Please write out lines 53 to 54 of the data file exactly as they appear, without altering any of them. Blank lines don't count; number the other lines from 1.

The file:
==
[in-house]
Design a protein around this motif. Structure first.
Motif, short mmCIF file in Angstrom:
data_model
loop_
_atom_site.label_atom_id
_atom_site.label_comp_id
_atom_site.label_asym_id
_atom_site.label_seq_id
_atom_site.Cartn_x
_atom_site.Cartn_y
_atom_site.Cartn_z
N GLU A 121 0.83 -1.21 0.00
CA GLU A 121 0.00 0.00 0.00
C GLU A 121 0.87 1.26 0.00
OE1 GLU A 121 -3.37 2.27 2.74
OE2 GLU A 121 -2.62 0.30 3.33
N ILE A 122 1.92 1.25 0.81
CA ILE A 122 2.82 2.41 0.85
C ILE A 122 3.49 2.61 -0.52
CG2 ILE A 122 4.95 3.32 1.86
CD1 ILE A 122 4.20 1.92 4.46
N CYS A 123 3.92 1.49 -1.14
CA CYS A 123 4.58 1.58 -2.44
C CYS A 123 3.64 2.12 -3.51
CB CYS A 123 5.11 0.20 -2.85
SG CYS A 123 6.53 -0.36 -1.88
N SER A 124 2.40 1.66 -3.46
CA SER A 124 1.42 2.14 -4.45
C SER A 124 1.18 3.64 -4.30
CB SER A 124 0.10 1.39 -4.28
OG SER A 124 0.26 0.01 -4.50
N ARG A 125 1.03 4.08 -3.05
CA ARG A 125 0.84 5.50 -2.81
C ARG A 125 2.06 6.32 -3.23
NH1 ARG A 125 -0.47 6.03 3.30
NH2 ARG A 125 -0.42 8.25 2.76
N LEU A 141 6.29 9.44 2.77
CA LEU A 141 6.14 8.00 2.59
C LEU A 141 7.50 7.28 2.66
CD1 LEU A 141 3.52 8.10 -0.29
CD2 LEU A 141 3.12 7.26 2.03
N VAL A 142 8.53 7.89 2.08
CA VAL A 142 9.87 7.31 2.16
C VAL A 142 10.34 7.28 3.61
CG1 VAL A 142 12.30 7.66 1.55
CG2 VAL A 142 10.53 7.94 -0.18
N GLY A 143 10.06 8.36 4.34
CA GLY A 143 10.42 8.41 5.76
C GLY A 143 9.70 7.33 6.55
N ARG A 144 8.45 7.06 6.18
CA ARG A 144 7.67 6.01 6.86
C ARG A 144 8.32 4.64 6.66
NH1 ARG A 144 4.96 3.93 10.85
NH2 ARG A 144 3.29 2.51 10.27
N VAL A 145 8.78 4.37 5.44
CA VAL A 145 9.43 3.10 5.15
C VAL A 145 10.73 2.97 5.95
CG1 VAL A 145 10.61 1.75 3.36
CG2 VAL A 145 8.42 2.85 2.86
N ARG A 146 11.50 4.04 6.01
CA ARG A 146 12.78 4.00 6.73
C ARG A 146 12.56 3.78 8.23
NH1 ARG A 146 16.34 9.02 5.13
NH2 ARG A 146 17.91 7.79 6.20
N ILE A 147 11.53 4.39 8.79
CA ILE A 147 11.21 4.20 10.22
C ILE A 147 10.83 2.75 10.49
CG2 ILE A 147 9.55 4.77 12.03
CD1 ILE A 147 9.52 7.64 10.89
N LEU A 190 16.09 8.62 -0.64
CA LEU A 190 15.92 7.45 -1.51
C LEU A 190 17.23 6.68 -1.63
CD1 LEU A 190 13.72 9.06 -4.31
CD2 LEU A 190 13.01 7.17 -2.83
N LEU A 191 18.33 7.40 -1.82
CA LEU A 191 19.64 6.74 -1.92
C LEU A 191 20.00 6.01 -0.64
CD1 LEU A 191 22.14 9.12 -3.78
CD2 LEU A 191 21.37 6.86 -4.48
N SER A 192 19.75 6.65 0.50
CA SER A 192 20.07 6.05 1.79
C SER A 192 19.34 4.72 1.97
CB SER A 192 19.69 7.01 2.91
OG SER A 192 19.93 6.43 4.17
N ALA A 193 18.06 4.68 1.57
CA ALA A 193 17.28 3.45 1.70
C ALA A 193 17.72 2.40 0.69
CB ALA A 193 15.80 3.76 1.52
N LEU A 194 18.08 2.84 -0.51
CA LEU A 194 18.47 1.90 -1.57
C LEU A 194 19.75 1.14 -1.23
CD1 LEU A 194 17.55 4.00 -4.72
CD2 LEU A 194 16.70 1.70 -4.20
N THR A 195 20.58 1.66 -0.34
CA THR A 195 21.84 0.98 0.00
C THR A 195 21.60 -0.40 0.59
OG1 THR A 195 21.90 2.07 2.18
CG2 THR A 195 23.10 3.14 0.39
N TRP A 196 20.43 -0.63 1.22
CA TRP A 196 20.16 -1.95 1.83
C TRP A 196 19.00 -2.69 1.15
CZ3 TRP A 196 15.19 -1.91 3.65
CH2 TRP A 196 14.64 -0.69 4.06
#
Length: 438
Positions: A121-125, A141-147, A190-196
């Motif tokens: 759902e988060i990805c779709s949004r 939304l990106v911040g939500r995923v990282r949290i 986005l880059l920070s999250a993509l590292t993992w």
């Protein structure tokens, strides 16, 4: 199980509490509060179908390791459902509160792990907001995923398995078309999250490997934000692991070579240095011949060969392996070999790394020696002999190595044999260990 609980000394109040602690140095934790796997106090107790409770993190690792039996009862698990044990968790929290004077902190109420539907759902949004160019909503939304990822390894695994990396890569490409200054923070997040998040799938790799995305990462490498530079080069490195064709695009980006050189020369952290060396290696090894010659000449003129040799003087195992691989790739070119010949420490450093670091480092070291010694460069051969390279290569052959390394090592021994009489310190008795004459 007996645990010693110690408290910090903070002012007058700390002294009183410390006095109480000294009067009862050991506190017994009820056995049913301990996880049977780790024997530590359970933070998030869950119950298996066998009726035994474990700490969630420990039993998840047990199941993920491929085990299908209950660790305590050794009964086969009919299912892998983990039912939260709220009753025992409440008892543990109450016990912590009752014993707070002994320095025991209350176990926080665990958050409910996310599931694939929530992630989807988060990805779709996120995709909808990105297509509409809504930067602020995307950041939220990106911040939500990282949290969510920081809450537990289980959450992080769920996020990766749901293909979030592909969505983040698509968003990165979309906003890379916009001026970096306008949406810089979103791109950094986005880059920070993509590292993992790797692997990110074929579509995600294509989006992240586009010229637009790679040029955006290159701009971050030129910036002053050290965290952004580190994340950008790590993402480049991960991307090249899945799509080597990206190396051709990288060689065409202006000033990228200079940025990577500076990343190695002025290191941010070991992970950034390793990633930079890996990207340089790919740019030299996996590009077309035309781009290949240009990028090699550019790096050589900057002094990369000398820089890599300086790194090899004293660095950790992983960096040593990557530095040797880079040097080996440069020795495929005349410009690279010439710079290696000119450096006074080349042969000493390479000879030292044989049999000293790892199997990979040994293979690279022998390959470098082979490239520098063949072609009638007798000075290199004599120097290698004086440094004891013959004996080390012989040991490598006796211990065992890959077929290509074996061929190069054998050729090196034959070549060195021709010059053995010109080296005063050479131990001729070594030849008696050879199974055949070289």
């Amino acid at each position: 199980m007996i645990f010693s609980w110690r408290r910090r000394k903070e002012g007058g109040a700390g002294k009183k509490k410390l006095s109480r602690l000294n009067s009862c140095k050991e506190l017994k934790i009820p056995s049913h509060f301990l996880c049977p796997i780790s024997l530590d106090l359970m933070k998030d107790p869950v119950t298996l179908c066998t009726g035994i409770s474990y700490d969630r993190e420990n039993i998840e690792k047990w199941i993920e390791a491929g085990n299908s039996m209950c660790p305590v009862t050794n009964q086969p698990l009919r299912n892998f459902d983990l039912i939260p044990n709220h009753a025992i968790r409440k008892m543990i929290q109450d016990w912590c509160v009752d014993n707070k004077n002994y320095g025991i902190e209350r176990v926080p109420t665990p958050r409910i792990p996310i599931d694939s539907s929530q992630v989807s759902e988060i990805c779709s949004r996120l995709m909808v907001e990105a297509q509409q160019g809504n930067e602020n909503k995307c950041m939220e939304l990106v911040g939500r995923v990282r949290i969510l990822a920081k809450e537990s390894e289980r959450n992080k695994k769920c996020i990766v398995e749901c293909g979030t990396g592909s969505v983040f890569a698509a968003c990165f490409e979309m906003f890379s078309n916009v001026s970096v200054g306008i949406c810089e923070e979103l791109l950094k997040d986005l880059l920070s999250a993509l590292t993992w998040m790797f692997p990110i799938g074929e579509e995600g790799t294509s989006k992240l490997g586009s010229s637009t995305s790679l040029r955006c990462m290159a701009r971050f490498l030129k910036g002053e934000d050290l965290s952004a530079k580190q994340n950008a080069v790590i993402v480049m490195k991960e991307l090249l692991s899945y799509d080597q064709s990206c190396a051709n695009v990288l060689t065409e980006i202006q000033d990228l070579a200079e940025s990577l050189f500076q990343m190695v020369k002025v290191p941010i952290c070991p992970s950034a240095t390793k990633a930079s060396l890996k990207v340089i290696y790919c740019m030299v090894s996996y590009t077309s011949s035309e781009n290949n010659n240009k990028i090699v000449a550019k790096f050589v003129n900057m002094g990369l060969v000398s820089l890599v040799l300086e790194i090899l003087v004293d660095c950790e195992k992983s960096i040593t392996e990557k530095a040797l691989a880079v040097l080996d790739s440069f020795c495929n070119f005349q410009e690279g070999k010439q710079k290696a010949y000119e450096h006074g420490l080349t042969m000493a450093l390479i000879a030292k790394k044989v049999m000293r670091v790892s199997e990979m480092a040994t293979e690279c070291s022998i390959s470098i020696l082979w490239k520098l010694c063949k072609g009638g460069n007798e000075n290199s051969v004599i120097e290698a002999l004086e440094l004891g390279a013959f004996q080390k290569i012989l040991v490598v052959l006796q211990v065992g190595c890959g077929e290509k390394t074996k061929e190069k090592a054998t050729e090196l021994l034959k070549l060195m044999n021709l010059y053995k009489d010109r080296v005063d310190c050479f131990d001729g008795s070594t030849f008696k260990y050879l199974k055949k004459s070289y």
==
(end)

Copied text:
C ARG A 144 8.32 4.64 6.66
NH1 ARG A 144 4.96 3.93 10.85